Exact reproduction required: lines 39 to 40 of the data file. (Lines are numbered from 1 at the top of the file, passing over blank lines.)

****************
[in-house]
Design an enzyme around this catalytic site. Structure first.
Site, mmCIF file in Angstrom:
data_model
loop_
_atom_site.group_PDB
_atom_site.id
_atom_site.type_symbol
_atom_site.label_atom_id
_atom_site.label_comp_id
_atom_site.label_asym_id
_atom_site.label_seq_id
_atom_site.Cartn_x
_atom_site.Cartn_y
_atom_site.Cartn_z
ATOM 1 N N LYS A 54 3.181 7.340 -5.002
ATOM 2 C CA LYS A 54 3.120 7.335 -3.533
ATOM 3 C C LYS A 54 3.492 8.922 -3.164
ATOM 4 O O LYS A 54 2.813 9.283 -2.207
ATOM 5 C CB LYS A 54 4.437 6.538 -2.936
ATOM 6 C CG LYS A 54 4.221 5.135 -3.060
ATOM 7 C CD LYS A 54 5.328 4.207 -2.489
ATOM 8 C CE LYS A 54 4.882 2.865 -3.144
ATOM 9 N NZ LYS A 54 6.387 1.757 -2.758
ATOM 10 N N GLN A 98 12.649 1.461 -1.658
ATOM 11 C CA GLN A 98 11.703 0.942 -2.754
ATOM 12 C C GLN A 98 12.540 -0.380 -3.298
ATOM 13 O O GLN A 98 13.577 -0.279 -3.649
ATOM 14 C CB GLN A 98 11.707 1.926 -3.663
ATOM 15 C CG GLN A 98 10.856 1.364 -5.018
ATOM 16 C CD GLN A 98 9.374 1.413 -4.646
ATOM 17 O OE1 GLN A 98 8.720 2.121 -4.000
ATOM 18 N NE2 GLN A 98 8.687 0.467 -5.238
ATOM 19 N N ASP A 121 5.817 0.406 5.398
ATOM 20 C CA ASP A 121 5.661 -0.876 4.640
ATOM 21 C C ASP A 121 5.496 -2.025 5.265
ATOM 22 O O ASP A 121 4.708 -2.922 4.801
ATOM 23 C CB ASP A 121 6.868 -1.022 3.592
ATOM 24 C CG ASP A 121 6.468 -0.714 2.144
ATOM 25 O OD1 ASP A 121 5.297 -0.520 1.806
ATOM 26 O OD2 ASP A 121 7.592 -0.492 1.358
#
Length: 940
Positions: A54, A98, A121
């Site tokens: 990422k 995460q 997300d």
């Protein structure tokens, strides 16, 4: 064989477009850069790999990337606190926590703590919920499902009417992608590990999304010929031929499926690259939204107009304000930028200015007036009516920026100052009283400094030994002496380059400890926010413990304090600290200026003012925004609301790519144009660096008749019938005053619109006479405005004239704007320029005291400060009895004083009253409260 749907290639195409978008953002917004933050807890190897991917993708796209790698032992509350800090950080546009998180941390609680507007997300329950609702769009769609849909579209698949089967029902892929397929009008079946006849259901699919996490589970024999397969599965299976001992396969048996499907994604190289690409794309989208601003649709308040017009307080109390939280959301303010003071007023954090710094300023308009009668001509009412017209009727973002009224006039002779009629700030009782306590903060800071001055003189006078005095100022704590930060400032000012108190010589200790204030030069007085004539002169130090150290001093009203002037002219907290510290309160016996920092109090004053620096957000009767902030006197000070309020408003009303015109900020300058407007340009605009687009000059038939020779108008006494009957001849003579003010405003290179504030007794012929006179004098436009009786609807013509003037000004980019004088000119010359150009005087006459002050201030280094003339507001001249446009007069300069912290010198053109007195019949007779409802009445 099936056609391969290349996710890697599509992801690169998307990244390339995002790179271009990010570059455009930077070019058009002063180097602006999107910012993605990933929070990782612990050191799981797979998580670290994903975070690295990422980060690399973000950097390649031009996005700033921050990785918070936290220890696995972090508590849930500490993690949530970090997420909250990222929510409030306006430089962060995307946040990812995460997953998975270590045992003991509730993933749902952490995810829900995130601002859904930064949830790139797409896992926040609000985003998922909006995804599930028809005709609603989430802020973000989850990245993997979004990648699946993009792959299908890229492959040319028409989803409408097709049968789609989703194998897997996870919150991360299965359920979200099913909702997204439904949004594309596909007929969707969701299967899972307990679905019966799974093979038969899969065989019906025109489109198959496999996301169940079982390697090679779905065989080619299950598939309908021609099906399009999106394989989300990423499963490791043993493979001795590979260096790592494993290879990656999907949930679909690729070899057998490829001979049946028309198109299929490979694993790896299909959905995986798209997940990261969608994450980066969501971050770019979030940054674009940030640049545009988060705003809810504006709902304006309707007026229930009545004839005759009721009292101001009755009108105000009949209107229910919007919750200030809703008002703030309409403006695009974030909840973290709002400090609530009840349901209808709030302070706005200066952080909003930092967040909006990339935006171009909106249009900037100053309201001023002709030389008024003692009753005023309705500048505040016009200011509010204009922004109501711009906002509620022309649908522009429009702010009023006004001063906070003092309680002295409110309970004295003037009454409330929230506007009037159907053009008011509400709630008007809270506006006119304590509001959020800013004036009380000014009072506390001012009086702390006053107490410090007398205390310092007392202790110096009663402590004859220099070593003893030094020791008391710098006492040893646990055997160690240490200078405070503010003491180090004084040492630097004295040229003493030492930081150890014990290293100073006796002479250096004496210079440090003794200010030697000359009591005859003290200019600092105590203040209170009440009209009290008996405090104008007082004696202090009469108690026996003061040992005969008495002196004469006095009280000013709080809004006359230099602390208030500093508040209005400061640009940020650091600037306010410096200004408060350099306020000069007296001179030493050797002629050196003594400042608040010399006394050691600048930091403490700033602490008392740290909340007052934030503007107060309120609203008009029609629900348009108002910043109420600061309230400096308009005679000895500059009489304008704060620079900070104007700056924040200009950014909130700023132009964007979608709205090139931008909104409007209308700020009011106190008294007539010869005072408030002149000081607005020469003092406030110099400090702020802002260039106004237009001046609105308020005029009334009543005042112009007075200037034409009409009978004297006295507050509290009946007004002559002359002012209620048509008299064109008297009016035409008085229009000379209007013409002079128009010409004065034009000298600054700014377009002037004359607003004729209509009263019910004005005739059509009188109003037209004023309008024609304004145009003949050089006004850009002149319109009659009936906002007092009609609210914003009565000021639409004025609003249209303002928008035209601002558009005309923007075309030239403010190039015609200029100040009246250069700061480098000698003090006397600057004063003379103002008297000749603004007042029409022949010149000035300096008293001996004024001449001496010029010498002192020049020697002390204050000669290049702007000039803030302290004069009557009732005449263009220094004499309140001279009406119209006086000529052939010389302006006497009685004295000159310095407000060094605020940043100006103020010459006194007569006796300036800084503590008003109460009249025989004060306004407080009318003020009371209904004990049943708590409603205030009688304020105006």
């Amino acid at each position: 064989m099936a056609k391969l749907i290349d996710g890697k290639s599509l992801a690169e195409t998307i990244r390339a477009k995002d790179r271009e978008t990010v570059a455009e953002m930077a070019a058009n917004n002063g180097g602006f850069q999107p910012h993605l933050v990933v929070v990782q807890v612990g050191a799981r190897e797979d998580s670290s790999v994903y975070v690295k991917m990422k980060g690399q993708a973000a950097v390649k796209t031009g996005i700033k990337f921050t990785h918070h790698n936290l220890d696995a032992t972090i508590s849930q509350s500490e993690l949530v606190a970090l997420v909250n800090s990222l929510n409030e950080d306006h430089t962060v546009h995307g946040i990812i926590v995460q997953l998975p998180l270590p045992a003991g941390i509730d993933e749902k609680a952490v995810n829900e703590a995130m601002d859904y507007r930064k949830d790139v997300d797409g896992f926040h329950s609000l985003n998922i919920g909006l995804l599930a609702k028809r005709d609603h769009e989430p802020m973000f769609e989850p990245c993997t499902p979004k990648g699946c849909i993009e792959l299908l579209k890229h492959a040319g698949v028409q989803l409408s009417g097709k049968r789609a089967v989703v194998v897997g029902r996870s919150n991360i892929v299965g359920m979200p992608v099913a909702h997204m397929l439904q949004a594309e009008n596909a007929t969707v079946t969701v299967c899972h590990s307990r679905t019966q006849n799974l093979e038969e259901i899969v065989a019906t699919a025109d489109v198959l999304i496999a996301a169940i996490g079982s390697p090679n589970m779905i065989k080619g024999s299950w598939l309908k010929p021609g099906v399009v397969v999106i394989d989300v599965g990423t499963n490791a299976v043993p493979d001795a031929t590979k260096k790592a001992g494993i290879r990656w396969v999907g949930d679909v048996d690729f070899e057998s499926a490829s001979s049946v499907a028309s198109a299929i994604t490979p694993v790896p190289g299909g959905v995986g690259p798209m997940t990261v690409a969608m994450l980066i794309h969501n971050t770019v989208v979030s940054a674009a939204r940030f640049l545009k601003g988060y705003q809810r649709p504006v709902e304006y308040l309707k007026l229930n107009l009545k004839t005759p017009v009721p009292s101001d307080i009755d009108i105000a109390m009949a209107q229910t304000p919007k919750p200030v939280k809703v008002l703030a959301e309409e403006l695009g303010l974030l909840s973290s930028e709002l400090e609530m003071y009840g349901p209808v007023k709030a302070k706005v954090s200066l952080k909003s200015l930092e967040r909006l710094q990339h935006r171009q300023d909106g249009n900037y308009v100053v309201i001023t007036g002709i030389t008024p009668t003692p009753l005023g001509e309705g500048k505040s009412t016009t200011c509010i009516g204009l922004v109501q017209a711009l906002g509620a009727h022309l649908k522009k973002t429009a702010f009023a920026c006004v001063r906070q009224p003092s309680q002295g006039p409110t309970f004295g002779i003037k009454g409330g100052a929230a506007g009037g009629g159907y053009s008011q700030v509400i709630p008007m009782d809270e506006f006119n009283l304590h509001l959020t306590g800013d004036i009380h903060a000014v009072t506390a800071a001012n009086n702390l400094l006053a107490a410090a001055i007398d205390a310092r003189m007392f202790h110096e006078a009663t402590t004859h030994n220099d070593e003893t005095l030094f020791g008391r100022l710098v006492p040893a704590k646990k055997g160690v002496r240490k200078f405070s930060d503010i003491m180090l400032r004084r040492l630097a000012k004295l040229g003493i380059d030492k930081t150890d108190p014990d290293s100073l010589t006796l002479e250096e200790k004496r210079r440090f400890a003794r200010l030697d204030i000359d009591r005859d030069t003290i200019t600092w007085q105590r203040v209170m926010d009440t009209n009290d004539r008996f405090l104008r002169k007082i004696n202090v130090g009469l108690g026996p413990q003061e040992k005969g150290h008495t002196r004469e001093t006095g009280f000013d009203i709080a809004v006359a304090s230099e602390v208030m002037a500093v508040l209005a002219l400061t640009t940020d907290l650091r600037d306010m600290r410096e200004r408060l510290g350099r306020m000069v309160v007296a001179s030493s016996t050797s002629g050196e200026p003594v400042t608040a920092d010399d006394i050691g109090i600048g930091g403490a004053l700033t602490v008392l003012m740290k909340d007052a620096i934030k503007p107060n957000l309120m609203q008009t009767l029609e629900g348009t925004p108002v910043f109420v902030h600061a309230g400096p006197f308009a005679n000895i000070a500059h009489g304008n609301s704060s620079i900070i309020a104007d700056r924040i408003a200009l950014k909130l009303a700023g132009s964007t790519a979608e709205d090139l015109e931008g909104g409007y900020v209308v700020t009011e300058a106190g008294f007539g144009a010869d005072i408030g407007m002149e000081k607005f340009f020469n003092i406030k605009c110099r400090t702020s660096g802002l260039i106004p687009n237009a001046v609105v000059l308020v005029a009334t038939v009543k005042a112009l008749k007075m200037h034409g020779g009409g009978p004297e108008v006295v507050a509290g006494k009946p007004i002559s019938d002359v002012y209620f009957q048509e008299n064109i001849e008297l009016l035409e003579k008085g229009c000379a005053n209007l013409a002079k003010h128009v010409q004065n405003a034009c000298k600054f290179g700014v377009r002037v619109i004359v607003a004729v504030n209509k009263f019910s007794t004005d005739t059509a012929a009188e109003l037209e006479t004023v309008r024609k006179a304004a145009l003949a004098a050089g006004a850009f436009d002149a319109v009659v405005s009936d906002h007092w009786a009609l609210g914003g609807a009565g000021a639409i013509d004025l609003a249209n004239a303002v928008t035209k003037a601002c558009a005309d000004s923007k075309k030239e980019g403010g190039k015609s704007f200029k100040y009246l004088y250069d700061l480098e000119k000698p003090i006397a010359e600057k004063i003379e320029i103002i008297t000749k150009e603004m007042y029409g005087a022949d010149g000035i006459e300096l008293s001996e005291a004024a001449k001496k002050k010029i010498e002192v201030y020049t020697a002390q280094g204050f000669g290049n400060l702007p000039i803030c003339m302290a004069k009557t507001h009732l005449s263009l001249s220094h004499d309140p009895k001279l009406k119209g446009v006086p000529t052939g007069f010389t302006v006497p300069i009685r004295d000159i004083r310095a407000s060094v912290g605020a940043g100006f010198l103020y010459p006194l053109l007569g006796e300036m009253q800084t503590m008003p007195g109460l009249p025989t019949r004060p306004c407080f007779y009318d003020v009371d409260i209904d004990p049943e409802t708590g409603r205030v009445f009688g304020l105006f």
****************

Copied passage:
ATOM 24 C CG ASP A 121 6.468 -0.714 2.144
ATOM 25 O OD1 ASP A 121 5.297 -0.520 1.806